Derek Edyvane (University of Leeds) Manohar Kumar (Luiss University, Rome)
Enes Kulenovic (University of Zagreb) Daniele Santoro (Luiss University, Rome)
The notion of ‘good citizenship’ and of related ideas of civic virtue, civility and political obligation have been extensively explored in recent decades by political theorists. By contrast, the contrary notion of ‘bad citizenship’ has received far less attention. With the possible exception of the literature on civil disobedience, political theorists have found little to say about uncitizenly behaviour, incivility and civic vice. This is a somewhat surprising omission given the seemingly more immediate practical relevance of considerations of bad citizenship to the experience of many contemporary liberal democratic societies.
Similarly scant attention has been given to the ethics and legitimacy of whistleblowing in the context of democratic societies. The role of the whistleblower needs a thorough philosophical analysis since it lies between (depending on the stance one takes) understanding the act as that constituting bad or good citizenship. Recent revelations on NSA secrecy programme, as well as Wikileaks cables, testify to the extent secret services have reached, in the US and abroad, in their capacity of collecting citizens’ data, without proper mechanisms of accountability. A question arises whether these revelations should be considered legitimate instances of whistleblowing.
This panel is divided into two parts. The first part deals with the questions surrounding the notion of bad citizenship and seeks to understand it with reference to disobedience, incivility and vice. The second part of the panel deals specifically with the role of whistleblower, its justification (or not), and its distinction with other forms of democratic dissent, viz. civil disobedience and conscientious objection.
Part I: Bad Citizenship: Disobedience, Incivility and Vice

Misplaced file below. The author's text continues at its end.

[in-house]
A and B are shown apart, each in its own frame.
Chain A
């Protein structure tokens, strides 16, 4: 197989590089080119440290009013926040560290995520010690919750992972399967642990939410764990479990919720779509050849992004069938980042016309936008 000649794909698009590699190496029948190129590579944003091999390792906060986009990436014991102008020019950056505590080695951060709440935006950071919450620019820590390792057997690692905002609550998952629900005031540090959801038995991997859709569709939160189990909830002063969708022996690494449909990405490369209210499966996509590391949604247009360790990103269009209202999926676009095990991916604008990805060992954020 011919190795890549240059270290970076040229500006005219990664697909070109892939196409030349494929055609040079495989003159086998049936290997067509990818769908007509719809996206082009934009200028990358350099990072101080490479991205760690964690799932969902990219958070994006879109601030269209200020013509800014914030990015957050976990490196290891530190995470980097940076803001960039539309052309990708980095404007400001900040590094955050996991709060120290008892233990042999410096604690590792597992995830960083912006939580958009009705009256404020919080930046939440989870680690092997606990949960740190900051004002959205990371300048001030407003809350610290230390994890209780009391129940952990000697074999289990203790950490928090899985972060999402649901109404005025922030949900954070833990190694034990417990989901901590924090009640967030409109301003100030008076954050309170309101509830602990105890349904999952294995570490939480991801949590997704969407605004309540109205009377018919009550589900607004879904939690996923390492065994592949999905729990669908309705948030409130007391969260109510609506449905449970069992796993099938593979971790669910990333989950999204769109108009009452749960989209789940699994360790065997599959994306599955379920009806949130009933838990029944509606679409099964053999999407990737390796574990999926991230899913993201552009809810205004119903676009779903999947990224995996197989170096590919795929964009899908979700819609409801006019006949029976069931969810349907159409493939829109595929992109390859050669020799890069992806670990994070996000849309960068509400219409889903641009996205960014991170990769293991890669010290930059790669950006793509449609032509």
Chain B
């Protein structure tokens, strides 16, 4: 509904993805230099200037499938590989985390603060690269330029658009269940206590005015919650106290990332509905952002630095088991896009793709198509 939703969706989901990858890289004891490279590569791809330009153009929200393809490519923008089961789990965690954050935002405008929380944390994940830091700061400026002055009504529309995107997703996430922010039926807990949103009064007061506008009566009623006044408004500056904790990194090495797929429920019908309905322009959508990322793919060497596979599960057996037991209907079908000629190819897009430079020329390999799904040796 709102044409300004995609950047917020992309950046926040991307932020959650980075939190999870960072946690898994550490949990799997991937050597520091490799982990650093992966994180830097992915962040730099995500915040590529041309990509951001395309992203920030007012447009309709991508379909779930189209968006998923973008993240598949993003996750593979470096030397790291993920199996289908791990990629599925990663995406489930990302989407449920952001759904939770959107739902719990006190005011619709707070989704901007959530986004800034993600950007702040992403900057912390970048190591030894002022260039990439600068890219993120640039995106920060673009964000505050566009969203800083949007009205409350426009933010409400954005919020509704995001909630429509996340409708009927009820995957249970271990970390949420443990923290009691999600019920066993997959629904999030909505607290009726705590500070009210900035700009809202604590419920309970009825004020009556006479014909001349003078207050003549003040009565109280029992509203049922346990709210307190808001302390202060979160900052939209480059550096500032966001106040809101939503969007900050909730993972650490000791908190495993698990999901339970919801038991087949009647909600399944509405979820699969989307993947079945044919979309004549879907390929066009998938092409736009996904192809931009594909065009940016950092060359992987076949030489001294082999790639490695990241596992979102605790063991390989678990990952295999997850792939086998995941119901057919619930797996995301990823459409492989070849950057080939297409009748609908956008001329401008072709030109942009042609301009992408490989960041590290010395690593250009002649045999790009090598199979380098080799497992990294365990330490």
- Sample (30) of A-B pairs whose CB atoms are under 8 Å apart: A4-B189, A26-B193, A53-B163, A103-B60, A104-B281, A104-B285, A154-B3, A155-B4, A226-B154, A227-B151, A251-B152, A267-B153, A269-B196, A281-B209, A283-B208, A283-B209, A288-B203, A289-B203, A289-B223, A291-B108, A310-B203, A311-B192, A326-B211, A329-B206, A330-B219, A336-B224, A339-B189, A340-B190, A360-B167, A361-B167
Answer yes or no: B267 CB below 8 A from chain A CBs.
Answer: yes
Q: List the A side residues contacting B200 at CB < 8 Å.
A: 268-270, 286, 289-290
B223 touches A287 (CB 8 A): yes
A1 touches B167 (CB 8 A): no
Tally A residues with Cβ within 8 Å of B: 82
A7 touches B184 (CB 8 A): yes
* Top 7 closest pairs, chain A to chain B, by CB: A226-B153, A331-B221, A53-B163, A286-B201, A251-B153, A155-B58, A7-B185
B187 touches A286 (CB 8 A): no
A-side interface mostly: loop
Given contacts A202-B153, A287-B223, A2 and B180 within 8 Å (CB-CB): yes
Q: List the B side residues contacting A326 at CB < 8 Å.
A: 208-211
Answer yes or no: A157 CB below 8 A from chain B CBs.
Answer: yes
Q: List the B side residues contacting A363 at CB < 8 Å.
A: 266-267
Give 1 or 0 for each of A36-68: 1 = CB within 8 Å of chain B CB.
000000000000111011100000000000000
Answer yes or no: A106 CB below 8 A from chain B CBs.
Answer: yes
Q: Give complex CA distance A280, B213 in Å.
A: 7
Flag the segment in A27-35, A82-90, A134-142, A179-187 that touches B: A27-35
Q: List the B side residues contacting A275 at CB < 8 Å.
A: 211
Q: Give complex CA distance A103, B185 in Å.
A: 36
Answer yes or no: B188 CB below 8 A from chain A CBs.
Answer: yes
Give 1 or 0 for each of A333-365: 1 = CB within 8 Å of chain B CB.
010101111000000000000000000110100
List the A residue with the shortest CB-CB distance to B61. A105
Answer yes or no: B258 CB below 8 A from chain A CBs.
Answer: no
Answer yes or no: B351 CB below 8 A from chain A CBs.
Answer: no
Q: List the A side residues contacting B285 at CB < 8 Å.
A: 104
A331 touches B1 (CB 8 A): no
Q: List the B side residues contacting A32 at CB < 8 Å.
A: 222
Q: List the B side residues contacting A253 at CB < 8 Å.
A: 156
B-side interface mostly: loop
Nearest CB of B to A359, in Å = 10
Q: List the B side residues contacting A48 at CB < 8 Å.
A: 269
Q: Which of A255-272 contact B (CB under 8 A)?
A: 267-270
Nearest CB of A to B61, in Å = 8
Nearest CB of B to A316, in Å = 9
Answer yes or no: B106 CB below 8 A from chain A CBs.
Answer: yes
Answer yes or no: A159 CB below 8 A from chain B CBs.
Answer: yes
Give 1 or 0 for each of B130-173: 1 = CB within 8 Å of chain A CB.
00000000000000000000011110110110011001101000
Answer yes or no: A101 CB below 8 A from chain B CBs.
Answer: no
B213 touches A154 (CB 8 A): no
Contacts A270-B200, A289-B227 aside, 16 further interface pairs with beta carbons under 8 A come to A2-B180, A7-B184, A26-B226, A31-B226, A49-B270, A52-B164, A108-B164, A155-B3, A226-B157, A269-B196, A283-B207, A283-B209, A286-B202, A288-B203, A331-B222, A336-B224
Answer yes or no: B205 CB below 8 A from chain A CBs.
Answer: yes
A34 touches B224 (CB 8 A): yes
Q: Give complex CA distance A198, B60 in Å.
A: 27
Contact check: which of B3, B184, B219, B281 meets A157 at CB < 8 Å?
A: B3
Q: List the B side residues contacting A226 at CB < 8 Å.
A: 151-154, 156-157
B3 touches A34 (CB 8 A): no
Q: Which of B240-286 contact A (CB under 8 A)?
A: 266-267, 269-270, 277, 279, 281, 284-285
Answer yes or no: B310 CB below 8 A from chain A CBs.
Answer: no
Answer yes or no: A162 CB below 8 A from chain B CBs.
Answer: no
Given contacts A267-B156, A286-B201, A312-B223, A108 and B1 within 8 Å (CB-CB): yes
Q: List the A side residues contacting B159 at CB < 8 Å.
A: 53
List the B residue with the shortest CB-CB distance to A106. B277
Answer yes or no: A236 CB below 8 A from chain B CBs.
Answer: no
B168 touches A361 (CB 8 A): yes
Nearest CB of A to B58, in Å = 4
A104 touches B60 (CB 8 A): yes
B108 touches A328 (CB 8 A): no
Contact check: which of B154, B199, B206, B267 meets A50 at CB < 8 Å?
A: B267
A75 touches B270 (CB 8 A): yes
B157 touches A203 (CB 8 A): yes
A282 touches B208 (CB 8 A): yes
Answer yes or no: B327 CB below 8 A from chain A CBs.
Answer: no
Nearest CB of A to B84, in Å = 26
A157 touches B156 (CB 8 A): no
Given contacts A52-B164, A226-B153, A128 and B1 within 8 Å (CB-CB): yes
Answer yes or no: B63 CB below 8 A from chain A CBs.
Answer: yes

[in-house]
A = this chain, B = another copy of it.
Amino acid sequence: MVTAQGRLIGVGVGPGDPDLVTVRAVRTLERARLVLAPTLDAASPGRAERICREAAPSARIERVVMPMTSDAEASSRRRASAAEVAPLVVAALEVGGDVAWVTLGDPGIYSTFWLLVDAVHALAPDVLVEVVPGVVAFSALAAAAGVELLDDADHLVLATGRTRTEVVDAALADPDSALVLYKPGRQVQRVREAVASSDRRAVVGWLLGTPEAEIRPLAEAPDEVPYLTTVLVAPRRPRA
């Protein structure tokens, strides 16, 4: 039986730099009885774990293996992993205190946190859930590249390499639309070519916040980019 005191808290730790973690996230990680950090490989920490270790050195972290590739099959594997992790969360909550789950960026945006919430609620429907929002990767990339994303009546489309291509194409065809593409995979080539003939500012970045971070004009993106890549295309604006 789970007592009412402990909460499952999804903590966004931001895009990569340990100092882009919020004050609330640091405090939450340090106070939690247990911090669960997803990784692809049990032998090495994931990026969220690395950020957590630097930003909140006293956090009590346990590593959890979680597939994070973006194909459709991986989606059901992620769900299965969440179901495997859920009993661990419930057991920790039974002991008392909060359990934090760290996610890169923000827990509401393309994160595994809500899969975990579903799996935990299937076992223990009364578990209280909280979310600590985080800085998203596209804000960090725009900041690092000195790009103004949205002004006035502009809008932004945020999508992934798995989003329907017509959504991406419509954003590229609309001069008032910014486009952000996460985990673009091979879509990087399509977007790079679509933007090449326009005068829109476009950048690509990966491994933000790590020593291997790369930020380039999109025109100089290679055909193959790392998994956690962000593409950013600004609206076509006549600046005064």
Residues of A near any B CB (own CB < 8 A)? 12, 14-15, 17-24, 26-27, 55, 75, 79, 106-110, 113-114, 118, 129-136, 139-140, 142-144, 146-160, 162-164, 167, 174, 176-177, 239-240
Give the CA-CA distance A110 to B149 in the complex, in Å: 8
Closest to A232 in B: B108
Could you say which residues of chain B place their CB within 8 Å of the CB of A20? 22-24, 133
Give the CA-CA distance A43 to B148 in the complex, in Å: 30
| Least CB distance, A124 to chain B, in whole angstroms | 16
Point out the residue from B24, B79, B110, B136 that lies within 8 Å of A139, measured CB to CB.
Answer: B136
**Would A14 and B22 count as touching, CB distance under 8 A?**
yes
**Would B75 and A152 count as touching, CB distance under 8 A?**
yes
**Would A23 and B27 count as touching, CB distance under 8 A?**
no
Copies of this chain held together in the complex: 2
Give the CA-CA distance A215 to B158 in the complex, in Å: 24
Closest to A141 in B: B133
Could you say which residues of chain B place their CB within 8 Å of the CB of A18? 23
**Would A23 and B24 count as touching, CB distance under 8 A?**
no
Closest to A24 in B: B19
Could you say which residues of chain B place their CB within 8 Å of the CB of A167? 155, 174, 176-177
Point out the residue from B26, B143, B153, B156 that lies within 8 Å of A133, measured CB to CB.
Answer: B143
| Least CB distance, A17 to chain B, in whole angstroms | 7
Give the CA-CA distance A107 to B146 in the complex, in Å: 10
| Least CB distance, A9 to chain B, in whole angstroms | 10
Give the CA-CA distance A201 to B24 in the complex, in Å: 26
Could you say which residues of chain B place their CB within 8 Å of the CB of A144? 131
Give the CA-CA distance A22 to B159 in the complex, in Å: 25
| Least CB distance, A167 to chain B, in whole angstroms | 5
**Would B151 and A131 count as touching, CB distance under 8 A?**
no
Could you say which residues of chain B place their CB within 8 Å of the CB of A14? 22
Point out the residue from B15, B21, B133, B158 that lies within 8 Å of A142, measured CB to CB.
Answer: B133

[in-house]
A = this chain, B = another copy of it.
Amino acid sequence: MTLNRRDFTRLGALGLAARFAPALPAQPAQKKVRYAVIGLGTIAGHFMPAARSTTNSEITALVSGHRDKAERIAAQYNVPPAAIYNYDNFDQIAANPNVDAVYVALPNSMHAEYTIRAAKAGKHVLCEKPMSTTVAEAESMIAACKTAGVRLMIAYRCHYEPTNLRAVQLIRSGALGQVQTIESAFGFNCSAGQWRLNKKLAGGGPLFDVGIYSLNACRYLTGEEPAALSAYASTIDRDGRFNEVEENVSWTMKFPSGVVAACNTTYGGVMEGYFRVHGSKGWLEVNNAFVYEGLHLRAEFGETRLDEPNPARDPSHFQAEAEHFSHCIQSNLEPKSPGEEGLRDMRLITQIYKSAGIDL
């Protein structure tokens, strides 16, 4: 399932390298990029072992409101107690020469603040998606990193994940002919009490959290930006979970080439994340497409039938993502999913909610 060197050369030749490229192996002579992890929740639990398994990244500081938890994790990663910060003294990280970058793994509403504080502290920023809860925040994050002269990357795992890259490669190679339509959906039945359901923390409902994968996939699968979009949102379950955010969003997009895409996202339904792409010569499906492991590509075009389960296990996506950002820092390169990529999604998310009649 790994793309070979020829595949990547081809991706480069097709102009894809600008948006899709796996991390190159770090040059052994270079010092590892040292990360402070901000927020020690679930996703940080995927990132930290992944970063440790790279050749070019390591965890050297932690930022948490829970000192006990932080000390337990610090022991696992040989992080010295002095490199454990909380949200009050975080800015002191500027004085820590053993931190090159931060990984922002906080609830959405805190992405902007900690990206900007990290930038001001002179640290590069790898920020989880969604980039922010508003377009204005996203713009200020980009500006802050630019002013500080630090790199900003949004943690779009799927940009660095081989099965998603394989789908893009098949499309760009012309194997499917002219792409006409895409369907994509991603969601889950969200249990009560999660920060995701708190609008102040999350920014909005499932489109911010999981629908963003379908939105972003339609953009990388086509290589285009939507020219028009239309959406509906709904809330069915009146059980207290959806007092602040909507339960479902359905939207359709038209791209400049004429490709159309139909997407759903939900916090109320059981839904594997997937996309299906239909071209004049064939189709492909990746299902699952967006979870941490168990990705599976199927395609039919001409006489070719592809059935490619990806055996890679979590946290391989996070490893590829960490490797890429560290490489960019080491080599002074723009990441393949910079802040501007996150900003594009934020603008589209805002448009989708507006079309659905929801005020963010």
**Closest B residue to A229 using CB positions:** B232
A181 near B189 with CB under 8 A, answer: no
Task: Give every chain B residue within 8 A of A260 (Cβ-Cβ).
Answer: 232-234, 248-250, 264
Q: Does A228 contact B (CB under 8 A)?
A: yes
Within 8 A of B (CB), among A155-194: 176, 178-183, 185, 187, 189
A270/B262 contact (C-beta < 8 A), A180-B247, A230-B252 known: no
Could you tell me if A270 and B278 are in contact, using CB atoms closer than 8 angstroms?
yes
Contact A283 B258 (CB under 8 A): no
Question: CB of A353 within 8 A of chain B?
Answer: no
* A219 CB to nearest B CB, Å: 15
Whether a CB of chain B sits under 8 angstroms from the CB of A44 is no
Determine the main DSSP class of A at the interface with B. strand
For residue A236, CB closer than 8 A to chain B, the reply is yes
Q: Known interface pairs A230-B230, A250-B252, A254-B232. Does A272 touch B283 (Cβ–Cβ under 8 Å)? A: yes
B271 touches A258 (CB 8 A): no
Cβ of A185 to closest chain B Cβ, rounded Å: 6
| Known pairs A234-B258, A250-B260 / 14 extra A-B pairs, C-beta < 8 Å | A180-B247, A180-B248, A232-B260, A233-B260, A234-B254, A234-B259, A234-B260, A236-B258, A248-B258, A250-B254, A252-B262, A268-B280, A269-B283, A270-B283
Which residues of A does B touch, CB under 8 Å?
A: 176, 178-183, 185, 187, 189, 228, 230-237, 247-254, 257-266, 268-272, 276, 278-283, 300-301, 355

This section is dedicated to examining the question of what constitutes bad citizenship. For example, are recent cases of political whistleblowing unpatriotic and, therefore, to be regarded as instances of bad citizenship? Or do they express a higher form of civic responsibility? Should we always consider secretive acts of resistance, such as those performed by members of the hacking group Anonymous, as examples of bad citizenship? Are acts of violent protest and resistance legitimate only when citizens face autocratic governments, or can such acts ever represent acceptable forms of civic defiance within constitutional democracies?
And what of everyday public ‘rudeness’ – queue-jumping, swearing, loitering, proselytising and the wearing of clothes deemed to be excessively revealing or concealing? What sense can we make of the key concepts here of anti-social behaviour and incivility? Can any sense be made of such ideas in diverse, multicultural societies? And what ought the state to do about such behaviours – should they be prohibited, or do they fall within the domain of freedom of expression and toleration? How do these behaviours bear on longer-standing debates in political philosophy around the importance of social manners and mores, and the ‘ethos’ of justice?
Part II: The Ethics of Whistleblowing
This section will focus on the role of whistleblowing in democratic societies and its relevance for political theory. Moving from the debate on the public impact of recent revelations, we are particularly interested in exploring two aspects of whistleblowing practices.
The first deals with the criteria of moral justification for whistleblowing. We’ll seek to answer the following set of questions: what makes an act of whistleblowing morally permissible? Under which conditions an act of whistleblowing can be judged to be morally demanded? Moreover, since whistleblowing is a communicative act meant to convey information of public interest, which performative conditions should whistleblowing satisfy to be successful?
Civil libertarians argue that whistleblowing constitutes a genuine act of democratic dissent when it reveals injustices or illicit practices that are consequence of secretive governmental practices. This contention requires further analysis, especially against the charge that whistleblowing is a breach of sworn oath of office’s duties, or even a betrayal of patriotic allegiance.
Against these charges, we are interested in answering the following questions: can whistleblowing constitute a genuine act of democratic dissent? If so, is it an act of conscientious objection, a form civil disobedience, or does it constitute a distinct category of dissent?
Relevant to this question are also concerns of publicity and punishment: should a whistleblower reveal her identity? Should the whistleblower be willing to submit to the law?
We invite papers which discuss issues relating to either of these parts. If you are interested in participating in this workshop, please submit an abstract (750 to 1000 words) to firstname.lastname@example.org by Friday June 8, 2014. Please do earmark in the email the part of the panel (Part I or II) the submission should be considered for. We intend to circulate full versions of papers for an enriched discussion, though it is not mandatory for participation in the workshop. Participants intending to submit full papers should do so by August 25, 2014.